The Power of Box Compels You


It doesn’t make noise.  It’s not soft.  It doesn’t tell any stories.  And yet, after all the many thousands of presents lavished upon my daughter the past month, all she loves is one thing.  A box.

One big ol’ brown box that just sits in the middle of the living room on its side.

My wife and I didn’t intend to lavish this gift named Box upon our little lady.  We got her an easel for her birthday and a play kitchenette for Christmas instead.  She likes both a great deal.  She thinks they’re pretty cool.  But she doesn’t look at them the same way she looks at Box.  Her grandparents absolutely buried her in gifts too; things like:  books that talk, stuffed animal friends, puppets that pretty much serve as stuffed animal friends, an indoor bowling set and a keyboard floor mat that magically bestows migraines upon the listener.  She likes them.  She likes them all in fact, but not half as much as Box.  The only items in our possession that even come close to Box are the iPad and the TV, which we try to keep out of sight or reach as often as possible.  But given the choice, I think my little one would still pick Box.  She loves it just that much.

What does she do with Box?  Well, she sits in it mostly.  Just sits in it.  Sometimes she’ll close the lids and then pop out and yell “Boo!”  And at other times she’ll bring her stuffed friends in there with her to hold what I have come to believe are very secret, very important conversations.  The rest of the time she’s trying to get me to enjoy sitting in there with her.  The problem is I don’t fit.  I can get my body in there.  Kinda.  But my legs?  No chance.  And that frustrates her.  She’s always trying to force the box closed around my legs with a “Get in, Daddy!”  She won’t let me leave Box either, not that that’s very easy to do for a guy starting to feel the creaks and groans that come with age.

Minor quibbles aside, the idea that a box—something with virtually no cost or effort—could prove a valuable child’s toy is an encouraging one.  Why spend the money on all these wacky battery operated whoozeewhatsits when true joy can be attained so easily as a cardboard packing container?  Before you empty your attic of dusty old boxes, however, let me warn you that there are some drawbacks.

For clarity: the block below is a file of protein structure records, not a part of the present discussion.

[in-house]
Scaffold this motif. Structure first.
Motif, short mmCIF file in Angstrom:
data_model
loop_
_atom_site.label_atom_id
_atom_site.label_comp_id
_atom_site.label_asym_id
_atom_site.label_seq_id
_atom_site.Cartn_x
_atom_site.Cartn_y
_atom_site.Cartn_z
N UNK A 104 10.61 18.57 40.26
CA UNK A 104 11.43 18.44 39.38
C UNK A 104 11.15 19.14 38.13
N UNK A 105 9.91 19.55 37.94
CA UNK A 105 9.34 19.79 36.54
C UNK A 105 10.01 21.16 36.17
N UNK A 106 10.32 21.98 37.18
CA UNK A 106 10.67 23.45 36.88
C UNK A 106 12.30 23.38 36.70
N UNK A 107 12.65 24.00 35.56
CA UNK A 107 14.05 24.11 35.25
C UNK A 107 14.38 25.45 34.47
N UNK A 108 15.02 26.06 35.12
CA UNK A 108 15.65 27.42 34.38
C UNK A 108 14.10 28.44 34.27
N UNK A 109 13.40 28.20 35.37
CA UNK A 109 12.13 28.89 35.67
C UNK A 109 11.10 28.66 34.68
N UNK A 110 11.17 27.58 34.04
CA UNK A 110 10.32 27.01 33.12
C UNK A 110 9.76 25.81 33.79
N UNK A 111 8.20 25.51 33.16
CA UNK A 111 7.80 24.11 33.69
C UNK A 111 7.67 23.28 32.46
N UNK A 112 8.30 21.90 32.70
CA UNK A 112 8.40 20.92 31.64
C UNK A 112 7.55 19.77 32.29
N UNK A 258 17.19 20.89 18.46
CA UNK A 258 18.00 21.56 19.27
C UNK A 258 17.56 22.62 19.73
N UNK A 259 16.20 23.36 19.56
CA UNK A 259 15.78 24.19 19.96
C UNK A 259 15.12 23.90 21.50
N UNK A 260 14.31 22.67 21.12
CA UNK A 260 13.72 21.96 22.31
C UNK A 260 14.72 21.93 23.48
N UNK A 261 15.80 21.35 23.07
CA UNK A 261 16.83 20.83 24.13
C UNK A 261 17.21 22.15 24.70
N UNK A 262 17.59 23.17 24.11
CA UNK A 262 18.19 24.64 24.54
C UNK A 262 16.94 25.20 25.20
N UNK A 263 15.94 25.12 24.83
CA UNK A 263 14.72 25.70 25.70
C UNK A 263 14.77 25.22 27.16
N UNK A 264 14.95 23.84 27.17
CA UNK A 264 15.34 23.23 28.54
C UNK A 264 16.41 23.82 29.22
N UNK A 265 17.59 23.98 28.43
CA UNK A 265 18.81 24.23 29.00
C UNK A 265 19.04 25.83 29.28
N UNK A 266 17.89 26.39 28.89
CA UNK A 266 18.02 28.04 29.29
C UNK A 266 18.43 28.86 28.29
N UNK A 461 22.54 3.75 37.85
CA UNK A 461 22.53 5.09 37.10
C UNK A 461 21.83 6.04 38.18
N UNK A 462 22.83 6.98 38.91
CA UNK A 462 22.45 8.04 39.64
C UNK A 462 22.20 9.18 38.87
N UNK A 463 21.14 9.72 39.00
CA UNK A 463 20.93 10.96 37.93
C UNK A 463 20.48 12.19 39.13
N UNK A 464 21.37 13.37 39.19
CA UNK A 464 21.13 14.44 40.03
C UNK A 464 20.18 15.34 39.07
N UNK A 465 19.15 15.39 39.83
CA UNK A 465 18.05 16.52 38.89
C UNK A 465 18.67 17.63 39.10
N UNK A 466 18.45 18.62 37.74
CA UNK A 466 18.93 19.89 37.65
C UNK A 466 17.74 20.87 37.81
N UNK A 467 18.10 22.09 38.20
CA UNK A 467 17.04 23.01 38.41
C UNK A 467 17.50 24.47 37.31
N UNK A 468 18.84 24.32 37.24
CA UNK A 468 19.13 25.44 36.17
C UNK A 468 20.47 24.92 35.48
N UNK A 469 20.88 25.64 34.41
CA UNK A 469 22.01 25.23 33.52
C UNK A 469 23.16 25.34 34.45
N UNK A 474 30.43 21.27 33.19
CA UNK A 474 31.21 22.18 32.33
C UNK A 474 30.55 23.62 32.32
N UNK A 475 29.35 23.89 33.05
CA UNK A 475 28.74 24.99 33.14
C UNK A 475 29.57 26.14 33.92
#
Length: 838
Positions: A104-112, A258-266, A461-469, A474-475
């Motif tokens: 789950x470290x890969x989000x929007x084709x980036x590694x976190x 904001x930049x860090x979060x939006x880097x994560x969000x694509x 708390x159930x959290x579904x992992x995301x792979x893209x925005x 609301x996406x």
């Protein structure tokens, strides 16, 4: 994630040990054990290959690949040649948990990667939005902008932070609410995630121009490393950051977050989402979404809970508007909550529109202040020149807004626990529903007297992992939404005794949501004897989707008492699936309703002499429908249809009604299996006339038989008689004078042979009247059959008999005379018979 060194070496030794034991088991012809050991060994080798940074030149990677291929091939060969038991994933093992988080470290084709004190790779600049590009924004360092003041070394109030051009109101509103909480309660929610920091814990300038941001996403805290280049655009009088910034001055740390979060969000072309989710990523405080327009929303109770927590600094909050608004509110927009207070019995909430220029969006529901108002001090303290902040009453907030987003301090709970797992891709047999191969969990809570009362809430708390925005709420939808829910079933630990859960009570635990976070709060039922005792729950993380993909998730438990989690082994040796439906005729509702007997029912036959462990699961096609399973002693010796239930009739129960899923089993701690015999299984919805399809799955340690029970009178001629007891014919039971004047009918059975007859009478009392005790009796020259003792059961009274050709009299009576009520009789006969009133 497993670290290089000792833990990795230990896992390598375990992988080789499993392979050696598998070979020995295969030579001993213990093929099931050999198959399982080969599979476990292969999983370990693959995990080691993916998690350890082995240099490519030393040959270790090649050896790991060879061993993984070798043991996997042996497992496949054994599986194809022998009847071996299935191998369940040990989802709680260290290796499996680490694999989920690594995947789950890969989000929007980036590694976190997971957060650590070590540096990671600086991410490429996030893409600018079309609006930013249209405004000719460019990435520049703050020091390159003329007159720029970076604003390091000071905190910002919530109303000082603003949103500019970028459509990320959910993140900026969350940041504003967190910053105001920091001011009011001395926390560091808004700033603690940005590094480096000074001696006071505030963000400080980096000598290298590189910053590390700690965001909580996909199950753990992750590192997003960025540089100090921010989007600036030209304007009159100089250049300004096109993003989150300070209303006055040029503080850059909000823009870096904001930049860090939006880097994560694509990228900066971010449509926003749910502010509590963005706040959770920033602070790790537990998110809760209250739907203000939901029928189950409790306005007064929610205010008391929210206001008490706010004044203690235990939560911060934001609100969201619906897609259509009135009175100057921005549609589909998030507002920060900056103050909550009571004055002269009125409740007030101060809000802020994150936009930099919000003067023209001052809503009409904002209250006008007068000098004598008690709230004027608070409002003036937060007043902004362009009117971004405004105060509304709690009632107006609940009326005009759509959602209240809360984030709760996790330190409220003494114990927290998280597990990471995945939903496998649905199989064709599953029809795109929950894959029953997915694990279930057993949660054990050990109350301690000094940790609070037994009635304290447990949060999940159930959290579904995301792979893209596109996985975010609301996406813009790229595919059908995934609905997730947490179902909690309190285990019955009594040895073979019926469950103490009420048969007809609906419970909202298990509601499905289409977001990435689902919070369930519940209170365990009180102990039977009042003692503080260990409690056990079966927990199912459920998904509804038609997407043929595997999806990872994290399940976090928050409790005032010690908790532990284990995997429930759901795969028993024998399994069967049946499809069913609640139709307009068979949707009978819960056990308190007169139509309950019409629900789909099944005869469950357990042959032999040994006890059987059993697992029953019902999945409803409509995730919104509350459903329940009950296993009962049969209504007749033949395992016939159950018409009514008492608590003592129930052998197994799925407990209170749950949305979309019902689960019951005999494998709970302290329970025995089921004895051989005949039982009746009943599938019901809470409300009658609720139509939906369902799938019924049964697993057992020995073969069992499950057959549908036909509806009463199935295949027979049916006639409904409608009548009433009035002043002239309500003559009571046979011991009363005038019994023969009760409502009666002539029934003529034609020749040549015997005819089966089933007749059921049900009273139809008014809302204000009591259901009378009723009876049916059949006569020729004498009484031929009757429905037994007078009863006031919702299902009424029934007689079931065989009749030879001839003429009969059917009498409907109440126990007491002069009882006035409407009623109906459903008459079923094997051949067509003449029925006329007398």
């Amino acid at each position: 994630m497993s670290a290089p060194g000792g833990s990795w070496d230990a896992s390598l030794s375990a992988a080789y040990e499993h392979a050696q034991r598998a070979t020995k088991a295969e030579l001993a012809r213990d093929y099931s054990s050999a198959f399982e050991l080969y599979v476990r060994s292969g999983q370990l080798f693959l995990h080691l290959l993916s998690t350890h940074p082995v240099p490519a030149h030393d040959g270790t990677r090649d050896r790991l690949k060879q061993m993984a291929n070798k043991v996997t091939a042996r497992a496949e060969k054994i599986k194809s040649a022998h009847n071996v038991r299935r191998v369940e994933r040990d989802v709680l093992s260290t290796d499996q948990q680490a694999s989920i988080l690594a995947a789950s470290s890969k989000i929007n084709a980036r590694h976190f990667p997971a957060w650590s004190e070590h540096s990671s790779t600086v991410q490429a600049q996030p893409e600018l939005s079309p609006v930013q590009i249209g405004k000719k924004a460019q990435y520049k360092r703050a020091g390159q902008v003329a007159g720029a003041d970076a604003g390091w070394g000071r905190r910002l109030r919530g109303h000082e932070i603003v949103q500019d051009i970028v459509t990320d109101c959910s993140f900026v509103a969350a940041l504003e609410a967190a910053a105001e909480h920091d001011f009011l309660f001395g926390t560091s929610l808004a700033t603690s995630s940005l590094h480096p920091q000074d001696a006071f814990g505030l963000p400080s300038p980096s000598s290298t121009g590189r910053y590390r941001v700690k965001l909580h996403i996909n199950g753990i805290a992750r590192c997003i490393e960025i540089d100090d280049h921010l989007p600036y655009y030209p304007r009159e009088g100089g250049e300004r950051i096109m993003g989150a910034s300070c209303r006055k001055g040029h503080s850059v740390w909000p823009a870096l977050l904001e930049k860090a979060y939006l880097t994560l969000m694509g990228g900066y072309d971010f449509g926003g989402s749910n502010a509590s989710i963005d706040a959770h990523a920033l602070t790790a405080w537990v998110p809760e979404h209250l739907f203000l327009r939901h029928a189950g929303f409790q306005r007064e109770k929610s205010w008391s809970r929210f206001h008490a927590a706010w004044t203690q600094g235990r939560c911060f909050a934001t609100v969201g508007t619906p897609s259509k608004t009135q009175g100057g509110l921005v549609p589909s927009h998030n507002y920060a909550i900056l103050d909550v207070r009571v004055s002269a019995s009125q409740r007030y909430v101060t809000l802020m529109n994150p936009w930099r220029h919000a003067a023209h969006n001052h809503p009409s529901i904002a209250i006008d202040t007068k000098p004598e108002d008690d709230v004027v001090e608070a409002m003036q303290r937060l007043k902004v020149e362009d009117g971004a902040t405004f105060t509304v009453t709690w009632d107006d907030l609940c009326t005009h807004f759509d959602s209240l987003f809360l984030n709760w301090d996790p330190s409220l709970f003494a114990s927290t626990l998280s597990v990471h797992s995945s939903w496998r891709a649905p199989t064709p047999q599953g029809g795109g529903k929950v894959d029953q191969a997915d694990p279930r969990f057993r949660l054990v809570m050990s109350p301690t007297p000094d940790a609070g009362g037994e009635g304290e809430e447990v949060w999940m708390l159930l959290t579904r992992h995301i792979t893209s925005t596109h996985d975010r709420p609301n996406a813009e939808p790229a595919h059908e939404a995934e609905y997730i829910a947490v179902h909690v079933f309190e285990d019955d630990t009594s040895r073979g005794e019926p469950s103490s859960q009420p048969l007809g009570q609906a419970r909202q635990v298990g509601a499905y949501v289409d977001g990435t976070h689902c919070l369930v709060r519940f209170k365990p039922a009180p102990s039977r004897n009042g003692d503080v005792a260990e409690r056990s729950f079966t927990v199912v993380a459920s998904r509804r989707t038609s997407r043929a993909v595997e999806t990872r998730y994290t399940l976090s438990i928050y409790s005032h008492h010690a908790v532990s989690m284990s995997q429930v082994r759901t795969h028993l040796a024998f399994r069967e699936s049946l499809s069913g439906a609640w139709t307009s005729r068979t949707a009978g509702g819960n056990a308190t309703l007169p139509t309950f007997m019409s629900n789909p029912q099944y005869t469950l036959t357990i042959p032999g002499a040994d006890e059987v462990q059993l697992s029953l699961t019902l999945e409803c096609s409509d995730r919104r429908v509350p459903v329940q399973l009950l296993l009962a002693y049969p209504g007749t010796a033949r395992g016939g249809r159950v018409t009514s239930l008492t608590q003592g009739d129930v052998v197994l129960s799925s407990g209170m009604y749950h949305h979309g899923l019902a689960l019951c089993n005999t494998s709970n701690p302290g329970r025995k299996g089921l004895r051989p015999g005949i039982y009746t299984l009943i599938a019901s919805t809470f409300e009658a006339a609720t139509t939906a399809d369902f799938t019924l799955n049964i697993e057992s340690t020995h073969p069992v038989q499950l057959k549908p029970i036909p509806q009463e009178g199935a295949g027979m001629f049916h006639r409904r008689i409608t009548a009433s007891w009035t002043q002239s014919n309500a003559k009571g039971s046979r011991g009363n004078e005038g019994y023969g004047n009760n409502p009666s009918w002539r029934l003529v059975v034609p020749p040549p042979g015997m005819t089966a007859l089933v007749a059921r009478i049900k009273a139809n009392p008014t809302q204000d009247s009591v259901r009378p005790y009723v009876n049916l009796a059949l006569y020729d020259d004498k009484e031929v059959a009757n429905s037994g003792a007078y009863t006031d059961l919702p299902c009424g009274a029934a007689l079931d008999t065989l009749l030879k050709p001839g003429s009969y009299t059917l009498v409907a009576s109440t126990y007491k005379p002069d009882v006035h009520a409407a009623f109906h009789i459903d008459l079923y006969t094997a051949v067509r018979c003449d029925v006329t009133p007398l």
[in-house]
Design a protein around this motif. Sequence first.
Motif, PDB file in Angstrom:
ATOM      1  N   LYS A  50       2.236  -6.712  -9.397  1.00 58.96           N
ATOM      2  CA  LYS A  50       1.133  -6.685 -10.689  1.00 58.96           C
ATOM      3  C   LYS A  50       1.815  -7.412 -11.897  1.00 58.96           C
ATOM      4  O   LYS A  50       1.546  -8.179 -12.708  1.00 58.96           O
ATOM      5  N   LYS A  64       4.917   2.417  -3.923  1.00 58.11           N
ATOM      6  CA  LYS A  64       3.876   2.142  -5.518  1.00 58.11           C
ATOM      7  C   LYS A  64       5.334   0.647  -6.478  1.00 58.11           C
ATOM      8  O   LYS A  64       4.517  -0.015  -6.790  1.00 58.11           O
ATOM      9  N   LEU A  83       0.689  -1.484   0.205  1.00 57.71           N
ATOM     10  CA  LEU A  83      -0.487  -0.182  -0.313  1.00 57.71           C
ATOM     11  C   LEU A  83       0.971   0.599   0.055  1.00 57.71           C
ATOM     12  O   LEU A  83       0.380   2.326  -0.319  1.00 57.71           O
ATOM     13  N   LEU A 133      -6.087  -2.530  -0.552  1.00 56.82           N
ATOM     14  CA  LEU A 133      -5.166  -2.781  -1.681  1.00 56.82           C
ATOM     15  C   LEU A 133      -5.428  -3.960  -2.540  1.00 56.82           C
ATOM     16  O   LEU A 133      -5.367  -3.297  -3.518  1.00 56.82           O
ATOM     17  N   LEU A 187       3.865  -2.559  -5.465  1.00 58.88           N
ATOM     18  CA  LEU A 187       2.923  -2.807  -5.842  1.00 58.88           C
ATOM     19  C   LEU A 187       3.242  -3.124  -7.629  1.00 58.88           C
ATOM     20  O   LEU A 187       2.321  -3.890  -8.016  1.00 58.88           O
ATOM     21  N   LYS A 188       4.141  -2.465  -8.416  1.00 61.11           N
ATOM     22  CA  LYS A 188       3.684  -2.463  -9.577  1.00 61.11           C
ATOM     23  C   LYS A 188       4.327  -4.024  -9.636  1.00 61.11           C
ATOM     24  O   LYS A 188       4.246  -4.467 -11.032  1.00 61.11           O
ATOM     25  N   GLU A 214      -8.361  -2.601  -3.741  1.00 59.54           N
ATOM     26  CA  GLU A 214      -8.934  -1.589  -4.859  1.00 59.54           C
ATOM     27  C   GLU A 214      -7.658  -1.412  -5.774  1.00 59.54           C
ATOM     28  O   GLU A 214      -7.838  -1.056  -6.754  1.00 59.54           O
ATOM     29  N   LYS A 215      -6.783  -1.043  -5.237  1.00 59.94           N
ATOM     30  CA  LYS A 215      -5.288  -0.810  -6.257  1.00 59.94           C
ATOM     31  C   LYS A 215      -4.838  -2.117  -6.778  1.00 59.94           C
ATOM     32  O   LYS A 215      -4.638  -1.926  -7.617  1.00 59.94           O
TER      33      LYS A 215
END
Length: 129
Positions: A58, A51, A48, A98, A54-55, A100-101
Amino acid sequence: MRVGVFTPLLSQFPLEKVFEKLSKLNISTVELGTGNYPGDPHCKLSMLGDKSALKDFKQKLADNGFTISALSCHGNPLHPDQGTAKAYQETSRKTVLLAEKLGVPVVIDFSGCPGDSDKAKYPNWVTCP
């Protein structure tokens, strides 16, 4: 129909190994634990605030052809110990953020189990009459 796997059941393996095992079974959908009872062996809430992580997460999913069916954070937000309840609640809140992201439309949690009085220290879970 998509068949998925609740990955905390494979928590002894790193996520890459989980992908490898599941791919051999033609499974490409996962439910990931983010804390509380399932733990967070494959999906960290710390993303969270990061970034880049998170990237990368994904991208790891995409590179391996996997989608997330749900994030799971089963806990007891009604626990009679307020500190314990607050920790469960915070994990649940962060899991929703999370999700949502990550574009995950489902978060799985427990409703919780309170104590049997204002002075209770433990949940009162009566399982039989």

1. Cats love Box too. They’re always sleeping in there.  They fill it with fur and a hairball surprise from time to time.  They also don’t like to be extricated by a toddling child either, which can lead to a fracas of sorts.  Not good.
  2. Box takes up a lot of space.  Ours is almost the size of a large chair, which means it’s not terribly easy to maneuver around, especially when you’re already watching the floor for items that like to bury themselves painfully into your feet.
  3. Box is ugly.  It’s a big fat brown rectangle.
  4. Box is weak and won’t last.  It doesn’t take much to damage Box after all.

Drawbacks aside, Box really has been a welcome addition to our household.  It’s taught me a valuable lesson about what kids truly find entertaining and important in their lives.  For all the commercials and storefront advertisements imploring you to fork over your hard-earned dollars on gizmos and gadgets that beep and boop, there are simple and free alternatives that offer just as much fun for a child, if not more. The basic things in life really are the most joyous.

To me it all comes down to imagination.  Box wouldn’t work without it.  Imagination is what turns that big brown box into a cave, a dollhouse, or a pirate ship sailing across the sea.  I love the fact that my daughter loves Box so much.  It won’t last forever, but I’m sure it won’t be gone for long. Box will be back.

Oh yes, Box will be back.


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